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Quarter 2, 2013

 

Fighting Friendly Fraud: Five Insider (Theft) Secrets


John Sileo became a nationally recognized fraud expert through first-hand experience – a trusted friend and business associate took him for hundreds of thousands of dollars and ruined his software business. "Friendly fraud is a lot like a bad relationship," says Sileo, "because it takes you by surprise, it starts off too good to be true, and you often end up in court and out of money."


In a recent online presentation, Sileo outlined five insider theft secrets and what you can do to counteract them:


1. Your denial exposes you.
"It won't happen to me...we're too small to target...I trust him – he wouldn't dare." Almost every case of fraud follows this same pattern of denial. Saying one or all these things to yourself should be your first red flag. Fortunately, acceptance of a few simple facts can neutralize your denial: "Fraud can happen to me, my business is exactly the right size, the fraudster will be someone I trust, and prevention costs much less than recovery."


2. Bad habits attract fraudulent behavior.
If you don't do background screening or check candidates' references or conduct any additional do-it-yourself research, you're a prime target for friendly fraudsters. Due diligence solves the problem quickly and easily: Conduct background checks and verify references through a professional service and use public online tools like LinkedIn and Facebook to check up on candidates you're considering.


3. Need + opportunity = corruption.
According to Sileo, 87% of fraudsters are good people who make bad choices under pressure. A drug habit. Gambling debts. Bad personal financial decisions. These are the kinds of needs and pressures that can motivate fraudsters. Once you train everyone, including yourself, to recognize those needs and understand opportunity 'hot spots' within your organization, you're that much closer to shutting down friendly fraud.


4. The lack of conspicuous controls condemns you.
If a fraudster knows you're not taking preventative steps, he'll soon be taking advantage of the situation. The answer here is deterrence through oversight. Provide convenient means to report suspicious activity (50% of all occupational fraud is detected via tips). Perform conspicuous, unexpected fraud audits. Add ethical conduct language to employment agreements. Set up fraud awareness training. And, don't just implement these controls, advertise them openly and often.


5. Emotions can quickly sabotage recovery.
If you do become a victim of friendly fraud, the worst thing you can do is react emotionally. Keep your temper in check. Refrain from making unsubstantiated accusations. (They could lead to a defamation lawsuit, even if the suspect actually committed the crime.) Limit the number of people you tell and start building your case in a methodical and detailed way.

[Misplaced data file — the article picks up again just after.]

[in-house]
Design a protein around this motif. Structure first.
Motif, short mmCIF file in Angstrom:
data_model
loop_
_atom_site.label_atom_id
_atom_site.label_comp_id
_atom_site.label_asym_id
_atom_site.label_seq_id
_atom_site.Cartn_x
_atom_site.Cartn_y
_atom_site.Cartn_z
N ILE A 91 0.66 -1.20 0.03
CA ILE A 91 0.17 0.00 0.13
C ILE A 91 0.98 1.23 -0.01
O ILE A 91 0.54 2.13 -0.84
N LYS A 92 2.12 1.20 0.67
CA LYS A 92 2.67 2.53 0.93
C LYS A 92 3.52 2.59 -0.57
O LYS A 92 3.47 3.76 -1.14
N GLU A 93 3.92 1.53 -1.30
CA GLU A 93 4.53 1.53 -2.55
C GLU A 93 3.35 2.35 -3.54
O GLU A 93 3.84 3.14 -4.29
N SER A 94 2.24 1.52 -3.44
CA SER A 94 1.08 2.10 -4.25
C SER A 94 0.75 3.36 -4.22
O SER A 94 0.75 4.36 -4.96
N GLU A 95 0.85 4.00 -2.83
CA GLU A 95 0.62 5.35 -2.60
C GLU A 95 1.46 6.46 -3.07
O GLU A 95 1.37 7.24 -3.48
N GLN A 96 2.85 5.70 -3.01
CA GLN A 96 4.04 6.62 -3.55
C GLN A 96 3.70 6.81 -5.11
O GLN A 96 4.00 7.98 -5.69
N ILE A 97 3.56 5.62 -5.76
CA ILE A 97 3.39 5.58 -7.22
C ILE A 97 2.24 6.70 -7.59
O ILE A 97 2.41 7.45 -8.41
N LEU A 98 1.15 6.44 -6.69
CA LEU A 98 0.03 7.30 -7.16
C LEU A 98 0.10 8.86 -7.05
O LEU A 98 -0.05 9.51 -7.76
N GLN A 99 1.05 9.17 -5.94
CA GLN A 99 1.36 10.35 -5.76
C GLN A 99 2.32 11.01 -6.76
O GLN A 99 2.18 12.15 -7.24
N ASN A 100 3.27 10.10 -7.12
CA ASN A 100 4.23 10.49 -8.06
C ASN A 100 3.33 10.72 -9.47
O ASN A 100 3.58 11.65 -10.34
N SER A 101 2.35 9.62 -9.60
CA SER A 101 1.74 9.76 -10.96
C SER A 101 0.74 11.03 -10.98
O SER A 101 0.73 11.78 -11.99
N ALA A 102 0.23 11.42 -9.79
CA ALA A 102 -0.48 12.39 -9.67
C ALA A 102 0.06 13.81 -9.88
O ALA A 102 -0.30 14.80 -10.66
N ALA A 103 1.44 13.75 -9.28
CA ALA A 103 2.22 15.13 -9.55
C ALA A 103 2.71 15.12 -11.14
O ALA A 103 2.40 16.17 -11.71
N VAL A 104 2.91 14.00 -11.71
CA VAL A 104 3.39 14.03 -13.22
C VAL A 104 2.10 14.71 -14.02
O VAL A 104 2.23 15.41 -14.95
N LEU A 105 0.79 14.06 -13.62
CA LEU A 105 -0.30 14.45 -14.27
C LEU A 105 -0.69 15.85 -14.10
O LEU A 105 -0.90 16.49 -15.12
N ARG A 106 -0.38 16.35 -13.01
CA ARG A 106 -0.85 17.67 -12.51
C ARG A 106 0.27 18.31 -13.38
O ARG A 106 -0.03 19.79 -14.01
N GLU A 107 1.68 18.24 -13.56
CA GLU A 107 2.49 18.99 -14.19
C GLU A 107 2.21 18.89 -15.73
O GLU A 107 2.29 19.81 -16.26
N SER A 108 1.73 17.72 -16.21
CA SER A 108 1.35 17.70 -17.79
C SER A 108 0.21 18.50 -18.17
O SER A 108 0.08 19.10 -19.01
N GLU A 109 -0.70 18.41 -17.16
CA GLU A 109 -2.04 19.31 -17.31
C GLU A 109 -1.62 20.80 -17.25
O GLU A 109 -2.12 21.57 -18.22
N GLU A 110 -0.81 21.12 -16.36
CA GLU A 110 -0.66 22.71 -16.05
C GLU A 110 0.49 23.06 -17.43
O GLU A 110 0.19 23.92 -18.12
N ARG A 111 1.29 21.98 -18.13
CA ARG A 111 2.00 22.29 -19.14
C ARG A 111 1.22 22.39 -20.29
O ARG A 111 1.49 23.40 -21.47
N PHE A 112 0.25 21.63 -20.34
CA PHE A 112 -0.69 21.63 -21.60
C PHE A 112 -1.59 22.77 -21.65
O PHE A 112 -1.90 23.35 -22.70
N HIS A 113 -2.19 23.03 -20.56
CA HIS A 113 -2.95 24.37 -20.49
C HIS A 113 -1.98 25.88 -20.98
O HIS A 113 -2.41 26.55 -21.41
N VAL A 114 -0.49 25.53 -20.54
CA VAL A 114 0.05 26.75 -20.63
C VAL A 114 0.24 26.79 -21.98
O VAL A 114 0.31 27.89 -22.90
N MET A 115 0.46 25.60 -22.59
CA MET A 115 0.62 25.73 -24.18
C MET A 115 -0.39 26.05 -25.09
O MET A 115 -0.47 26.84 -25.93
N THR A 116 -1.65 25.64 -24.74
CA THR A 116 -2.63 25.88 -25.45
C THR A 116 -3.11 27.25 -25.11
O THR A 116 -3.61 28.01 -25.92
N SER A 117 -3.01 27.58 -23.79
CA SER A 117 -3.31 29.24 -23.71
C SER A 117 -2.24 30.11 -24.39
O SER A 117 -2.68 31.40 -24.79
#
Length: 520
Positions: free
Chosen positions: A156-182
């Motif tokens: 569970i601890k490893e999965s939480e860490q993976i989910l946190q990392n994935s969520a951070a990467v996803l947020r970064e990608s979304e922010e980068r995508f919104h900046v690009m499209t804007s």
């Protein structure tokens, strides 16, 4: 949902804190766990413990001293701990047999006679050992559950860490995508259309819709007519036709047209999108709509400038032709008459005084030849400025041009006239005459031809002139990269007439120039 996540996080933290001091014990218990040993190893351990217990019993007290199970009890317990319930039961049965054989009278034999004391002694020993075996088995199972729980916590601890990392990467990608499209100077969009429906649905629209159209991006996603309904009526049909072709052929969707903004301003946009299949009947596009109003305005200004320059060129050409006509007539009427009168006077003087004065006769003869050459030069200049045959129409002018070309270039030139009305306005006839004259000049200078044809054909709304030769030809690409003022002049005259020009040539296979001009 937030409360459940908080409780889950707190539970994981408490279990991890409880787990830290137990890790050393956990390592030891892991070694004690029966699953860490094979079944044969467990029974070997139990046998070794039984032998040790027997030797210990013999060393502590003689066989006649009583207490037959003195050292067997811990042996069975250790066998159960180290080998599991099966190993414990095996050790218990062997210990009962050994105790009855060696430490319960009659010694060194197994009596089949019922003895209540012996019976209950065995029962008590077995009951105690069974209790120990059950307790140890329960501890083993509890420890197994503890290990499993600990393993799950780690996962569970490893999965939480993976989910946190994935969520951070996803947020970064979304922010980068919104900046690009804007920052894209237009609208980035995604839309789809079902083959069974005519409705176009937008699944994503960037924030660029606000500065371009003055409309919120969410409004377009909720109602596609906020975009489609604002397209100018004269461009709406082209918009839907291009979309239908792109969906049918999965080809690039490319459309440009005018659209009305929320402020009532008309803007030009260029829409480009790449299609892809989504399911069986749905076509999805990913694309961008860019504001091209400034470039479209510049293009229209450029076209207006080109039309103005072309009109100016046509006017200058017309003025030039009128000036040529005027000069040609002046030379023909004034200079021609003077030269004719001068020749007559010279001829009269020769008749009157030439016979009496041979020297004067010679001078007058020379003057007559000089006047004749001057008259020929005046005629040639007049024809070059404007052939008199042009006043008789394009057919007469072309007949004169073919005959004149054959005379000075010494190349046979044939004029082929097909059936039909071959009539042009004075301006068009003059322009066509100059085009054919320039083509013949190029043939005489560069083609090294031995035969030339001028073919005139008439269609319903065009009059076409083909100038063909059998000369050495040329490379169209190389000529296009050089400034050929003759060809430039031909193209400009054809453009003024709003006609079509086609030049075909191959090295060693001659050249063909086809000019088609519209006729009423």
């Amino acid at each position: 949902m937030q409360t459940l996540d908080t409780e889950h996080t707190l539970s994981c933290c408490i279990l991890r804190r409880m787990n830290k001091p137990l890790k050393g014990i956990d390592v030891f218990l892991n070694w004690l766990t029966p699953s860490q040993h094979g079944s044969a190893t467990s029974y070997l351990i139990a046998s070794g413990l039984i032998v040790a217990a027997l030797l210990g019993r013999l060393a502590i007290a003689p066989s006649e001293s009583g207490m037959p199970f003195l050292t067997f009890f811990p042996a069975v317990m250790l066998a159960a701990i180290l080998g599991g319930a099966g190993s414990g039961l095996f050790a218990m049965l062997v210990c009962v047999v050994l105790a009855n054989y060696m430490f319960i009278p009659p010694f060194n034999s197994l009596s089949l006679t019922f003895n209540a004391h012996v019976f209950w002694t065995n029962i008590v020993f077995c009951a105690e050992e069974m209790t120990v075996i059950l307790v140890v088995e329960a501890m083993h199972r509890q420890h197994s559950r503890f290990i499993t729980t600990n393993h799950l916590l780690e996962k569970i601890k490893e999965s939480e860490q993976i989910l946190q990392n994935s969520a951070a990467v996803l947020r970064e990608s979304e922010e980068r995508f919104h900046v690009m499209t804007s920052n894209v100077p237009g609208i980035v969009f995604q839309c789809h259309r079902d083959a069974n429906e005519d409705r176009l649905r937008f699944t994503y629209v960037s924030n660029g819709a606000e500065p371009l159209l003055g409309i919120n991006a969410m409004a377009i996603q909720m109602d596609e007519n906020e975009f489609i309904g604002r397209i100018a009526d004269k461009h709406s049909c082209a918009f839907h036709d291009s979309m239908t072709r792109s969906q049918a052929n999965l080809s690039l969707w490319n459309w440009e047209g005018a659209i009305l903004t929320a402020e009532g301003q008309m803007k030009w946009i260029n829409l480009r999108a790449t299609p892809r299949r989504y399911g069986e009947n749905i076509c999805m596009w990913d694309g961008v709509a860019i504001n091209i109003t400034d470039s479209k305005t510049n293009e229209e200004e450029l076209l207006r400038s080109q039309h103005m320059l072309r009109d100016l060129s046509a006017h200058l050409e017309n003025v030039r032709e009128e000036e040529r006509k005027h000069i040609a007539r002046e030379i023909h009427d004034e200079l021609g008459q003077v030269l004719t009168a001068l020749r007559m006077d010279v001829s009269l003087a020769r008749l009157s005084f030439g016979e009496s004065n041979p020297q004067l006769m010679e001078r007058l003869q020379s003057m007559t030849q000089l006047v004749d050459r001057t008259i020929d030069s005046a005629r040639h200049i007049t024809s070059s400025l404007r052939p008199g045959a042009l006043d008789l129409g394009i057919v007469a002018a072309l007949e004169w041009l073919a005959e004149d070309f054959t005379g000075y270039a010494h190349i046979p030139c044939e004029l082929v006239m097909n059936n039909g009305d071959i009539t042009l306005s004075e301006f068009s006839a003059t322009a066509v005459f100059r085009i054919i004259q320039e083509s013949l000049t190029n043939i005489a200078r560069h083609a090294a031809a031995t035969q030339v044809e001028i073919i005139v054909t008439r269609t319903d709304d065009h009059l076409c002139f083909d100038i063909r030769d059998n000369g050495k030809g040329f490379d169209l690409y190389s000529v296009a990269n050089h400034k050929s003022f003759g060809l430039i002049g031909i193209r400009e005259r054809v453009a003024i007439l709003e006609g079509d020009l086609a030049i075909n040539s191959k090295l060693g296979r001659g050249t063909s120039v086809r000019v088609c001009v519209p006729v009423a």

Avoid These Five Direct Marketing Campaign Killers


Like most business owners in today's challenging economy, you're struggling to generate a positive return-on-investment of your marketing dollars. To make sure you're not throwing that money away, you need to be aware of – and avoid – these five potentially deadly mistakes that all too many businesses make all too often.


 

1. Using a bad list
The mailing/contact list is the most important facet of any direct marketing campaign. Whether it's for a direct mail effort or an email blast, your list of recipients must be up-to-date and targeted with laser precision. A bad list will either cost you money, kill your campaign or both.

2. Not including an offer
If your direct marketing campaign doesn't offer your target audience something beyond an inventory of your products and services or a treatise on how long you've been in business, your direct marketing campaign is doomed. It's crucial to consider offering a tangible, perceived, beneficial reason for people to take action. Examples include discounts, coupons, complimentary consultations, analyses, diagnostics or other value-added services.

3. Depending on dull copy
Did you know that 77% of recipients sort through their mail immediately?* Which means you have just a few seconds to be fascinating. Dull, unexciting copy – in whatever medium – won't do a thing to grab your audience, but it will ensure that your communication is ignored and discarded.

4. Neglecting the Call-To-Action
Once you've interested prospects with what you have to offer, you've got to tell them how to take advantage of it or your direct marketing effort will pass unnoticed. "Call today." "Complete and return this card." "Log on to this special landing page." These are all examples of the all-important CTA that turns readers into reactors.

5. Not hiring a design pro
Amateurish design will do nothing to attract attention, highlight your offer or drive recipients to the CTA. Put the look and feel of your direct marketing in the skilled hands of a design professional. It'll go a long way toward engaging your audience, delivering your message, generating response, and properly positioning your company.

To learn even more about improving the quality and effectiveness of your direct marketing program, call or email your Safeguard consultant today.

*Statistically Speaking, Direct Mail Soars to New Heights, Deliver Magazine, July 1, 2011